Ajax, the past masters

Frank de Boer described Ajax as 'heavenly' and 'world class' when they did the double over Real Madrid in the group stage of the 1995-96 Champions League, winning 1-0 at the Amsterdam Arena and 2-0 at the Bernabeu.

Fast forward 17 years, and the second most capped player in the history of the Dutch national team is striking an altogether more cautious note.

Now, the former centre back is coaching the club. Now, his remit is to stop Real doing a group stage double over Ajax – for the third year running.

“It will not be an easy task considering the results from the past,” he said yesterday. “The matches from last year are still at the back of my mind.”

It's perhaps no surprise that De Boer speaks like a man haunted by the four beatings Real have dished out during the last two years, even if only the last two occurred on his watch. For someone who was part of an Ajax side that bested the Merengues in such style, it can't have been easy watching what was once a clash of European football's titans become such a one sided affair.

Jose Mourinho and his players have, for their part, done a passable impression of a team not certain of victory this week.

“Ajax will present us with a completely different match compared with earlier seasons,” declared Mou. “They have worked with Frank for another season and are now more used to the level of the Champions League.”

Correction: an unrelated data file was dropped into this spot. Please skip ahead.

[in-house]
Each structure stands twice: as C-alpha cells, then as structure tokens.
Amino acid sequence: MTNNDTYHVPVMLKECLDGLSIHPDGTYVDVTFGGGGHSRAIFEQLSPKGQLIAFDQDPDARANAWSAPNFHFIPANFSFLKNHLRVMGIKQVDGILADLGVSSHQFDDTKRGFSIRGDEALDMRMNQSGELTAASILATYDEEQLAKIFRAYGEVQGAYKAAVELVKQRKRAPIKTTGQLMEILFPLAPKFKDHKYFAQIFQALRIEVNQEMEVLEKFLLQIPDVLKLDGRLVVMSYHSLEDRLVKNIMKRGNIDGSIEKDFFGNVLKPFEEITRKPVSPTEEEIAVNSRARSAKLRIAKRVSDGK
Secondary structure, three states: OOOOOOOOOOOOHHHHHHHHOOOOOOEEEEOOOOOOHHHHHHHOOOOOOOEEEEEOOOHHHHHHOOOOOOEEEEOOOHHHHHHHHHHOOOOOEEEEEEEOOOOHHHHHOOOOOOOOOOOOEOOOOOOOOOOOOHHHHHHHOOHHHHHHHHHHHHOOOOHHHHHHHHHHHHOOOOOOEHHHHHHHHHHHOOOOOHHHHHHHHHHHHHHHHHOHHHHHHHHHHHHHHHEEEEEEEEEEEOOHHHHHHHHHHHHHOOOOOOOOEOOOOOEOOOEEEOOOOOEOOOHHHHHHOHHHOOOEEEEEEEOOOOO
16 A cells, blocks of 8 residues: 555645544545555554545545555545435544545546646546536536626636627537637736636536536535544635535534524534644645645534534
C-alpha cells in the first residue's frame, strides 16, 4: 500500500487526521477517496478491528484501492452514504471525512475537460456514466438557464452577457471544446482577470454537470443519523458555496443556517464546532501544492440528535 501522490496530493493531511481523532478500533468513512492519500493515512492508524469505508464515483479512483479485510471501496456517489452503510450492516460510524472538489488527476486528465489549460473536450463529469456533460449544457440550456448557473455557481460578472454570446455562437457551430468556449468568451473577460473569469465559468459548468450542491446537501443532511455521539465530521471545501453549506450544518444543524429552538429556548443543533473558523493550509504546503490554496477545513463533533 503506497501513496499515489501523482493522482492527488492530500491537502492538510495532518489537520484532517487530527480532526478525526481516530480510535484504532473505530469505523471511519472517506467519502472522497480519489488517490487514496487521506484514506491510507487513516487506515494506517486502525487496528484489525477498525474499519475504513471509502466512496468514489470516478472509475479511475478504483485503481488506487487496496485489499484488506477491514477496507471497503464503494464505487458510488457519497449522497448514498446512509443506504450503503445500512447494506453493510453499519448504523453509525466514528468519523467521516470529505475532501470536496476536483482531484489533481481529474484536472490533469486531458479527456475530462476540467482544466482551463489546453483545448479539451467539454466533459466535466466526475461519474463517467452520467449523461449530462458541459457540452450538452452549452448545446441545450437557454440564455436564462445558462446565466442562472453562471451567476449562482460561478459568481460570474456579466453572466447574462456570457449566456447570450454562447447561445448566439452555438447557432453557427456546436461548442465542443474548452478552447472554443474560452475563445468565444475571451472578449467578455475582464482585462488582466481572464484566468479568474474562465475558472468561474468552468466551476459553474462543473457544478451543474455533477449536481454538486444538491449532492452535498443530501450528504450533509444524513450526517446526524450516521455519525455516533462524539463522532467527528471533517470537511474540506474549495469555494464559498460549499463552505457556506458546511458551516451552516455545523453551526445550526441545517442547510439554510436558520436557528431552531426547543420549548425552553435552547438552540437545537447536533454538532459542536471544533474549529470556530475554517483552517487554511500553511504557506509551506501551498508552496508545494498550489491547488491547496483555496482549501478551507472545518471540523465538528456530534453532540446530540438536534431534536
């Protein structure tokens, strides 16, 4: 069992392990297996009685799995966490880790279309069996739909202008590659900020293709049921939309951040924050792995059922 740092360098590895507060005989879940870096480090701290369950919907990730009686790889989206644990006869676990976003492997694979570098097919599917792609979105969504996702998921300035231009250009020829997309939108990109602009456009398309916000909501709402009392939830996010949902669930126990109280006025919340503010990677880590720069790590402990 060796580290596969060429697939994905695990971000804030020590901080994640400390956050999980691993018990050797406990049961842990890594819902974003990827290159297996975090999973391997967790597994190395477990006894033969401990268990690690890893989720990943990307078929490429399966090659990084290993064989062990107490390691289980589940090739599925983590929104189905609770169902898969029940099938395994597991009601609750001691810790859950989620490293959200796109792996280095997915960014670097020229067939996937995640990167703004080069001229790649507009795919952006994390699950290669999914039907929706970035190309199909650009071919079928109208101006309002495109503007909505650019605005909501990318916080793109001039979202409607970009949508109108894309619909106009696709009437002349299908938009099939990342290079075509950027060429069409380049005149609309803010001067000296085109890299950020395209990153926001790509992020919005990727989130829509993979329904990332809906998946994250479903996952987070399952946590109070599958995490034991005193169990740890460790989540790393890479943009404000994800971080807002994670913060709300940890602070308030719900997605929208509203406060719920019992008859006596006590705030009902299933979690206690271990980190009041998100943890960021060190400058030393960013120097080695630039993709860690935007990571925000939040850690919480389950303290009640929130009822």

Those of a slightly over dramatic disposition could even describe Los Blancos as going into the game 'in turmoil', with full-back Alvaro Arbeloa having to fend off talk of dressing room disharmony and the Mourinho-Sergio Ramos tete a tete refusing to die quietly. Of the 15 questions put to the Special One in yesterday's Press conference, only three regarded tonight's match. Seven regarded Ramos.

The pitch is the only place to look for a reliable indication of where Real are really at however, and on it they've been back to something approaching their imperious best since the dramatic defeat of Manchester City on matchday one, comfortably disposing of Rayo Vallecano and Deportivo La Coruna.

These clubs have both been involved in a lot of expensive transfers in recent years, but whereas Real have been buying players, Ajax have been selling them. The reigning Eredivisie champions are still churning stars of the future out of their youth academy at an alarming rate, but unlike in De Boer's day, too many are sold on too regular a basis for a truly great side to take shape.

The XI that welcomed Real to the Amsterdam Arena in 2010 contained Maarten Stekelenburg, Gregory van der Wiel, Jan Vertonghen, Vurnon Anita, Mounir El Hamdaoui and Luis Suarez. All have now left.

Former Barcelona defender De Boer wouldn't publicly give such thoughts countenance. But with the aggregate score from the last four meetings sat at 12-0 in Real's favour, simply surviving with their dignity intact would constitute a job well done for Ajax tonight.